BharatNet scheme in trouble as road and telecom ministries spar
The government's BharatNet project, aiming to provide broadband connectivity to 250,000 gram panchayats by 2019, is stuck. The scuffle is over laying of optical fibers: the ministry of road transport has denied permission for it to the telecom department (DoT) unless they pay the license fee, as mandated by its rulebook. But the latter refused, citing a one-time administrative fee from its own rulebook.
This project was approved by the previous UPA government in 2011 as the National Optical Fibre Network. However, the government failed to see it through: only 100kms of about 3Lkms of optical fiber was laid out across the country. Modi's government renamed it to BharatNet and rushed its roll-out. Until December'17, 100,000 gram panchayats had been connected through optic fiber cable under Phase-I.
The road ministry and DoT are now sparring over Right of Way (RoW) issues. RoW is the right to pass through someone else's property. The former wants DoT to pay the license fee prescribed under the Control of National Highway (Land and Traffic) Act, 2002. Refusing, the DoT cited its own rules under the Telegraph Act, which prescribes a one-time administrative fee for RoW.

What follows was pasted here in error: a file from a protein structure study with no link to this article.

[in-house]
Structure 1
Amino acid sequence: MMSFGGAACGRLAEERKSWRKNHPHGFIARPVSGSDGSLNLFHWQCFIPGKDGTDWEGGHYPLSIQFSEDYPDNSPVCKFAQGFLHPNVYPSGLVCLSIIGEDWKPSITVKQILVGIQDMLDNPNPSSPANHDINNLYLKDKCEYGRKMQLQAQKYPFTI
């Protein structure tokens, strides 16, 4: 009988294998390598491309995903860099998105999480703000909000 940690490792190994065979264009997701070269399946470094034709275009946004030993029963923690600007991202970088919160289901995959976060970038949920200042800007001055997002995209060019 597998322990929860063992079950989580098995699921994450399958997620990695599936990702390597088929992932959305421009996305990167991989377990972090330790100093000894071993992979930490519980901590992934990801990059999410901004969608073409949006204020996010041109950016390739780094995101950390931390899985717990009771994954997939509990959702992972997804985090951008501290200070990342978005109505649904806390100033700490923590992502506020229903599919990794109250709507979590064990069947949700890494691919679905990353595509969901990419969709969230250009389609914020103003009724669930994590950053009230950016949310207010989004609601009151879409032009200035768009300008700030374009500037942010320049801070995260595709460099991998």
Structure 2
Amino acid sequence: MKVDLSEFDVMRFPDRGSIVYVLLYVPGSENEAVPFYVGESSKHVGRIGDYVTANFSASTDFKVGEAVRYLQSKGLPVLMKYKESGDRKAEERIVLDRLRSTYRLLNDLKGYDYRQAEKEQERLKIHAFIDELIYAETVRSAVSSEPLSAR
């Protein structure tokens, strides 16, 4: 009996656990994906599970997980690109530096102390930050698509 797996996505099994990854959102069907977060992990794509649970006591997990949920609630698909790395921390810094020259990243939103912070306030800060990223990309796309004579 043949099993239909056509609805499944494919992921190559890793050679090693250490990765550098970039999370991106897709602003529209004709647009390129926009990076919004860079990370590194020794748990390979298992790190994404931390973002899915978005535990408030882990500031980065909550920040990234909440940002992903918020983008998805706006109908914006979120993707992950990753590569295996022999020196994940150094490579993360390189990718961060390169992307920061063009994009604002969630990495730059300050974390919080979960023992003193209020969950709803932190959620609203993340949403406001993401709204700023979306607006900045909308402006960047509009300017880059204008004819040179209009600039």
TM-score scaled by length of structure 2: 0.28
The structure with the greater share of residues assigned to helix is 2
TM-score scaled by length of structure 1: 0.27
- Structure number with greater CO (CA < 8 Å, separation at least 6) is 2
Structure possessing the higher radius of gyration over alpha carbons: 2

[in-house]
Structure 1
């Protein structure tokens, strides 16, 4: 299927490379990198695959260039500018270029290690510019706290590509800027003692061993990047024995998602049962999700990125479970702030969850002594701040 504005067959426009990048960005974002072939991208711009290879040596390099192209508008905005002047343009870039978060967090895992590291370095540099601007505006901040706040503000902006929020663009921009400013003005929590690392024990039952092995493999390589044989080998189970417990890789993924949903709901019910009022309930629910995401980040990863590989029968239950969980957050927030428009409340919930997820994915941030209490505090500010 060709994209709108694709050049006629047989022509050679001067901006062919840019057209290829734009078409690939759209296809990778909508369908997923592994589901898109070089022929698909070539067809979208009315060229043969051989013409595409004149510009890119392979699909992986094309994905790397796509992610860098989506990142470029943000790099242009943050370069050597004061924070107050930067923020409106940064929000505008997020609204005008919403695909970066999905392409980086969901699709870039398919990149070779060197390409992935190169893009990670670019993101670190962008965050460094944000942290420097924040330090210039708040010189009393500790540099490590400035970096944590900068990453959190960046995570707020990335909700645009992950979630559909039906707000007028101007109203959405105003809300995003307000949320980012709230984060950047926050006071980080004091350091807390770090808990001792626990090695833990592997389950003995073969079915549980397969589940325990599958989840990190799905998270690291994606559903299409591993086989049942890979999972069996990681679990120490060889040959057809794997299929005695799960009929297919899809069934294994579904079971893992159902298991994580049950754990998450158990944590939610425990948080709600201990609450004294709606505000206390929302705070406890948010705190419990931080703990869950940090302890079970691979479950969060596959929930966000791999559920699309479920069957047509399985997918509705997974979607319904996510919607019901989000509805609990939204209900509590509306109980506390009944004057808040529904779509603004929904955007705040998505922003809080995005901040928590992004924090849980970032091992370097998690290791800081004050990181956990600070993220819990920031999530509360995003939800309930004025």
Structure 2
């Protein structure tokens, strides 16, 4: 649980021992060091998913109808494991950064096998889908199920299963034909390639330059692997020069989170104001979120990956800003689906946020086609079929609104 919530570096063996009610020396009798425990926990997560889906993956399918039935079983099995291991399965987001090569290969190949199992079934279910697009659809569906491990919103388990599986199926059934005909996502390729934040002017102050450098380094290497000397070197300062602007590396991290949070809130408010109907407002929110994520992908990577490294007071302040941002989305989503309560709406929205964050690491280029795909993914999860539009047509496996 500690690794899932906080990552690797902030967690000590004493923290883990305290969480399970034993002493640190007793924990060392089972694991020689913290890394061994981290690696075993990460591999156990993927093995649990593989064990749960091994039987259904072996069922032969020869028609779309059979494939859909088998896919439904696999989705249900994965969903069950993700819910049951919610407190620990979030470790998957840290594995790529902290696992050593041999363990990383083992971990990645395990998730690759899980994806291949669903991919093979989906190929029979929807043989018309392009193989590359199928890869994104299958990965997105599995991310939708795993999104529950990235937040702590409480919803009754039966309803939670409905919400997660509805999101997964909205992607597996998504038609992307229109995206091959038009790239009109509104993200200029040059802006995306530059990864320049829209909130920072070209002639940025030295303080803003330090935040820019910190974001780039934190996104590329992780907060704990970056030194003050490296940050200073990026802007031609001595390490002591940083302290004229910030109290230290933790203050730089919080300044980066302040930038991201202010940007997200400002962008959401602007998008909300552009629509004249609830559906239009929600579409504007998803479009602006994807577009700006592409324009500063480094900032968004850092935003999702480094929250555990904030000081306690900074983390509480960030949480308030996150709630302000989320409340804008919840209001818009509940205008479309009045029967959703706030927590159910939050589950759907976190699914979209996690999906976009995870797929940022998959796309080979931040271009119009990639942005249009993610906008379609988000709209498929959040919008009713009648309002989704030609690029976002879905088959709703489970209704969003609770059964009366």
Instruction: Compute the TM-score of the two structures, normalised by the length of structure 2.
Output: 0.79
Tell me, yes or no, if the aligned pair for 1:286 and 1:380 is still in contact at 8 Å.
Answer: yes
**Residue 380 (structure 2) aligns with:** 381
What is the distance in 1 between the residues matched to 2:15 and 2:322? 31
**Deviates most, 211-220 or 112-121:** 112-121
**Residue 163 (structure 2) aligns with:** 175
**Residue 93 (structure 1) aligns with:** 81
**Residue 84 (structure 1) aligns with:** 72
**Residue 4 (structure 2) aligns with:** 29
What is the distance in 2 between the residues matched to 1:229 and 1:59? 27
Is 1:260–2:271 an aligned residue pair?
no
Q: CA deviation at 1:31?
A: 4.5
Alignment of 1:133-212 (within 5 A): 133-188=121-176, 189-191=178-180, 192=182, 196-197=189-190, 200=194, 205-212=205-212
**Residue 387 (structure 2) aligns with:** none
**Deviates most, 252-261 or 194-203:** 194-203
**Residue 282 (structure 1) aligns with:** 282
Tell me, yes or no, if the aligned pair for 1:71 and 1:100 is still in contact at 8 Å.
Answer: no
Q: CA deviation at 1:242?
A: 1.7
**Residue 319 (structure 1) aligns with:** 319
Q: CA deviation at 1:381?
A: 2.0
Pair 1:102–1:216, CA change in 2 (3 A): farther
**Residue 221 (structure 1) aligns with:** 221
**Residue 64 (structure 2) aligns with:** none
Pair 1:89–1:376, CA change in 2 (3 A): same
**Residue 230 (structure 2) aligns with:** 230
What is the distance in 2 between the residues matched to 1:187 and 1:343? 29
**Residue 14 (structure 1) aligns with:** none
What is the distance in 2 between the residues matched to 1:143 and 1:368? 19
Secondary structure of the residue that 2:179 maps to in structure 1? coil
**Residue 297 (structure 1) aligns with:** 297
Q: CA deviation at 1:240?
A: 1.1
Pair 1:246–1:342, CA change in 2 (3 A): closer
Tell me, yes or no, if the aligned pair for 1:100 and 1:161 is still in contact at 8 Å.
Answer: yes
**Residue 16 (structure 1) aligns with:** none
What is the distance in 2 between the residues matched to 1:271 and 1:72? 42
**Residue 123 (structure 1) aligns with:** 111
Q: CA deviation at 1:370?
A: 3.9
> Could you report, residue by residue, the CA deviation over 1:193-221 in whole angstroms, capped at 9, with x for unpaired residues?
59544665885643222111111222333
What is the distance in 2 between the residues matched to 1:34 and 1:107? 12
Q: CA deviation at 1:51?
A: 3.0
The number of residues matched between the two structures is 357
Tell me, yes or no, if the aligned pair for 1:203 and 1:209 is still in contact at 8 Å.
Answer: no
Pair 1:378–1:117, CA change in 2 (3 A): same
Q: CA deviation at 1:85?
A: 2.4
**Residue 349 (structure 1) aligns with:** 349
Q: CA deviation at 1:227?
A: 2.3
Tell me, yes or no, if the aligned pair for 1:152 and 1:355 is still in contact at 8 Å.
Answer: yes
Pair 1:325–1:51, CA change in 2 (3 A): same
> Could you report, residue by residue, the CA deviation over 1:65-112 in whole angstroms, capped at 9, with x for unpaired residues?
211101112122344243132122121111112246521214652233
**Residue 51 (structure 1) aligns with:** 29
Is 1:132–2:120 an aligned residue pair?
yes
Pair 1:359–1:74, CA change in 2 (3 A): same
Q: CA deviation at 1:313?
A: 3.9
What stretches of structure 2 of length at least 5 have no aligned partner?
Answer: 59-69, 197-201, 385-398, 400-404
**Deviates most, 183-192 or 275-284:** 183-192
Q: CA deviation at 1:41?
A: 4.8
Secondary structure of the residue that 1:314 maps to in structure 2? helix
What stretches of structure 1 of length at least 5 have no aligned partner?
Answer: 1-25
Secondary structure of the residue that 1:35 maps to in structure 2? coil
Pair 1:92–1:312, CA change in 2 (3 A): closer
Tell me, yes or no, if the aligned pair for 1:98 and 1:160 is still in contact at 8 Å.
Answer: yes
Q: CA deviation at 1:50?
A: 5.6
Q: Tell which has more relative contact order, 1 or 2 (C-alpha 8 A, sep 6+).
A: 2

In January, a six-member inter-departmental committee was set up to examine the issue, but it hasn't been able to make much progress. On behalf of the PMO, Nripendra Misra, principal secretary to PM Narendra Modi, wrote to both departments to give "top priority" to the project, saying any delays in grant of permission were "unacceptable." But nothing happened.
Last month, DoT Secretary Aruna Sundararajan wrote to her road ministry counterpart YS Malik. Reminding them of the PMO's instructions, she said that the "compliance report has not been received from your ministry/organization so far." When HT asked Malik, he said, "We are looking at provisions as per our National Highways Act and what is there under the Indian Telegraph Act."
"Till the time a highway is dug to lay utility, it compromises a road asset. Also, it results in traffic snarls and increase in road-maintenance cost," so the cost prescribed in the highway rules are "logical and appropriate," said an official. Another said the road ministry could suggest a common fee, supervision and maintenance structure. "But till it's not formalized, we can't say anything."